DANIEL HUTTENLOCHER: So a lot of the CS students take entrepreneurship classes. But generally, it's based on the college that they are in. Because remember, our students are all in a college. And so the requirements that we impose are generally requirements that are specific to the technical content of the major. And then they fulfill their own college requirements. But entrepreneurial activity is extremely alive and well. A lot of our students take-- there's an entrepreneurship for scientists and engineers class offered through the Johnson School that I know a lot of students take. But you guys may have--
SARAH SPRAGUE: I actually took introduction to entrepreneurship in the Johnson School that was a seminar.
AUDIENCE: Was it BenDaniel, probably?
SARAH SPRAGUE: What?
AUDIENCE: Was it with David BenDaniel?
SARAH SPRAGUE: No, it wasn't. I--
AUDIENCE: That's all right.
SARAH SPRAGUE: There was Zach Schulman was the professor.
DANIEL HUTTENLOCHER: It was also-- Yeah.
SARAH SPRAGUE: And I really enjoyed that class. It was one of my favorite class last semester, actually. And there were about maybe 15 other engineers with me. So I know that we do take entrepreneurship classes, yeah.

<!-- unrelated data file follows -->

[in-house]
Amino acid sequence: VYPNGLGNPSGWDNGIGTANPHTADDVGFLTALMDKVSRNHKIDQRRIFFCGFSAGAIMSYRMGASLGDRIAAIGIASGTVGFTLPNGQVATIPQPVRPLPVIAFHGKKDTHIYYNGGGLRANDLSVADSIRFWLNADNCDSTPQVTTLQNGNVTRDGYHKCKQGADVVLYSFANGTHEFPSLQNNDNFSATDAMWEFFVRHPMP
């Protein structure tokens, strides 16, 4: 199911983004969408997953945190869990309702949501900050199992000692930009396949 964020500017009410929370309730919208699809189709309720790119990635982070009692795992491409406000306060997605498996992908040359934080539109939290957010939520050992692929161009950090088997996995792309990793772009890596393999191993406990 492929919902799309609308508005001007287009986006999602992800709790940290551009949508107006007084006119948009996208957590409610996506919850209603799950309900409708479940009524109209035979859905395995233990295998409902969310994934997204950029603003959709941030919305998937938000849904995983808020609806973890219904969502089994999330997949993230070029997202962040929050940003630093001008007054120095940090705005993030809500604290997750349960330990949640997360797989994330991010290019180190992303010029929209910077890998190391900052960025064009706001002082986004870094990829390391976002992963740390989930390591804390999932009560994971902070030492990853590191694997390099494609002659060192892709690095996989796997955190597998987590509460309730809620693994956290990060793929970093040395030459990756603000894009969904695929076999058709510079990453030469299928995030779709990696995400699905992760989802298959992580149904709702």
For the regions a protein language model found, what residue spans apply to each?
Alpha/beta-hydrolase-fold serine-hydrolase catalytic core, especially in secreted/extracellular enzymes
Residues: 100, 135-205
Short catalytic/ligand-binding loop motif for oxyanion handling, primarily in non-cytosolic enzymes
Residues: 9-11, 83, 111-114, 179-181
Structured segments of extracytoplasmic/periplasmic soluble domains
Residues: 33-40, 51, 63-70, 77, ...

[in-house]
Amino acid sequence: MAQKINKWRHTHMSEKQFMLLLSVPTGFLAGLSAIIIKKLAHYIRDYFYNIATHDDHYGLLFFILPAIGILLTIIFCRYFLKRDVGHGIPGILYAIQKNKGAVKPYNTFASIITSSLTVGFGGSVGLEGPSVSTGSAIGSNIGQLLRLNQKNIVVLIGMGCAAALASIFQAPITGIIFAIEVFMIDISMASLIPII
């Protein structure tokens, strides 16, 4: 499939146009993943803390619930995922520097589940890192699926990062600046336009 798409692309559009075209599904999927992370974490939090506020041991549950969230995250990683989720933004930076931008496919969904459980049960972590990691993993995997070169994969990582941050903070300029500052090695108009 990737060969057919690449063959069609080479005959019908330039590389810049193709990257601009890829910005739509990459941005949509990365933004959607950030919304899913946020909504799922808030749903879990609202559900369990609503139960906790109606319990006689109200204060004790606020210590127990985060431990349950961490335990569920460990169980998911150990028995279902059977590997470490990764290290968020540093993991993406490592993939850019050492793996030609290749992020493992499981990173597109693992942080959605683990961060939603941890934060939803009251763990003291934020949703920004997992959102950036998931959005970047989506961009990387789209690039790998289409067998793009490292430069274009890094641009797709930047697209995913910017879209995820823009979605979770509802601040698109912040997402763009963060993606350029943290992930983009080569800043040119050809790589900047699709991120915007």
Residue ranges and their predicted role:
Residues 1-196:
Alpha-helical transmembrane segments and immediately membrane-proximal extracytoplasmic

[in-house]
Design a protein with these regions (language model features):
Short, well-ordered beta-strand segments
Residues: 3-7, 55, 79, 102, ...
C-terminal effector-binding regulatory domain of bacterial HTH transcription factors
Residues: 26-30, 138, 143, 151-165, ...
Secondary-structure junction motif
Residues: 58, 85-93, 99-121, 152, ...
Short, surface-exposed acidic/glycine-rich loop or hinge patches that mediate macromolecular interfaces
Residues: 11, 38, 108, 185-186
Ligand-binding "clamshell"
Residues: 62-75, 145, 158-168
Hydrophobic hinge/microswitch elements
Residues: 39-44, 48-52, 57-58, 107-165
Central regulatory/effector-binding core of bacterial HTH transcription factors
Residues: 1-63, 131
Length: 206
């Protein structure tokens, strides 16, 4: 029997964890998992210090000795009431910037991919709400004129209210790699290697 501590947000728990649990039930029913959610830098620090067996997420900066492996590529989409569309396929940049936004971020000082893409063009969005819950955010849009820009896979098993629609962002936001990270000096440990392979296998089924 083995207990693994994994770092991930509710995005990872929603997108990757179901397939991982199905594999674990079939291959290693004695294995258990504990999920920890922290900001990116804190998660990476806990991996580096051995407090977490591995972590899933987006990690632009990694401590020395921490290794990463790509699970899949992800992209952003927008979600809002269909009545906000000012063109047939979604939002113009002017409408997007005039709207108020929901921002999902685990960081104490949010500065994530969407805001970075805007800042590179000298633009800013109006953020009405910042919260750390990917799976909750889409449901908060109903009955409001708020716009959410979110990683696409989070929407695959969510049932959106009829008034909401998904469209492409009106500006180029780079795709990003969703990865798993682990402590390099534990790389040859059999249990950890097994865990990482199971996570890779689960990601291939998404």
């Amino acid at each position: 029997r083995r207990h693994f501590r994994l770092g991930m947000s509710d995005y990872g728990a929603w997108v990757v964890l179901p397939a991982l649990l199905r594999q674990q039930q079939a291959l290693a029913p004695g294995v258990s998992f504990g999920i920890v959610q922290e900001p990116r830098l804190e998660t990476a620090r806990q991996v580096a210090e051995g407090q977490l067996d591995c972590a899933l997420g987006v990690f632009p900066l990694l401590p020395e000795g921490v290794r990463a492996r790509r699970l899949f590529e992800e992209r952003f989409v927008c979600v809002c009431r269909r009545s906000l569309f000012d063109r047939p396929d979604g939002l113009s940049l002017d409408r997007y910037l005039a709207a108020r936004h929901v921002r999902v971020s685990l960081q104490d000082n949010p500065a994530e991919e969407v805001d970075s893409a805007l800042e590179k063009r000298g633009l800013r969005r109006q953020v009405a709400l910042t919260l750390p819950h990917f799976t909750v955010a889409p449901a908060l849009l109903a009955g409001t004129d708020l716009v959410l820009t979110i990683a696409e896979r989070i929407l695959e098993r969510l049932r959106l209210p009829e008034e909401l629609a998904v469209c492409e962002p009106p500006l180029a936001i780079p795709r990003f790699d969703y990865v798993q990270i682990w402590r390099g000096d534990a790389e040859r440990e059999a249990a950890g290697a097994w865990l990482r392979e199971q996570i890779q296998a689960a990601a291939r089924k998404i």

DANIEL HUTTENLOCHER: And on that entrepreneurship front, there is a class that I'm hoping that we will be introducing in CIS in the next year or so, which I'm actually interested in being involved in teaching, which as a dean is a little dicey because of my travel schedule. But there is one aspect to this sort of new age of whatever we're going to call it. I don't quite want to call it software, because it's not software in the traditional sense, but of this sort of ubiquitous, highly connected world, where it's extremely important to get your product out in front of users extremely early and iterate it many, many times with users.
And in fact and part of what Sarah was talking about in her own internship, she had that kind of experience. That's very particular to the tech world and not the rest of entrepreneurship. And so I think there is a place for a very technology focused entrepreneurship class where you do something much like Sarah's internship. You do the design. And you build the thing. And you get it in front of customers all in a three month time period, because that's actually possible in the tech world.
AUDIENCE: Thank you.
DANIEL HUTTENLOCHER: Someone near the back just for some diversity.
AUDIENCE: Just to think about, again, I think the United States made its mark by innovating and then a lot of the basic things get offshore. So where's the future going where we can continue to be innovators and keep the best and the brightest and the best jobs here in the United States.
DANIEL HUTTENLOCHER: I'm going to make them answer that. I'm the past.
I mean I'll take a shot at it, but if you guys have a--
SARAH SPRAGUE: I don't actually--
PHIL ADAMS: You want to start?
SARAH SPRAGUE: You can start.
DANIEL HUTTENLOCHER: I can start? OK. So I mean, to me, I think that first of all my crystal ball is terrible. I mean I have enough of a history here to be able to point to all of my failed predictions.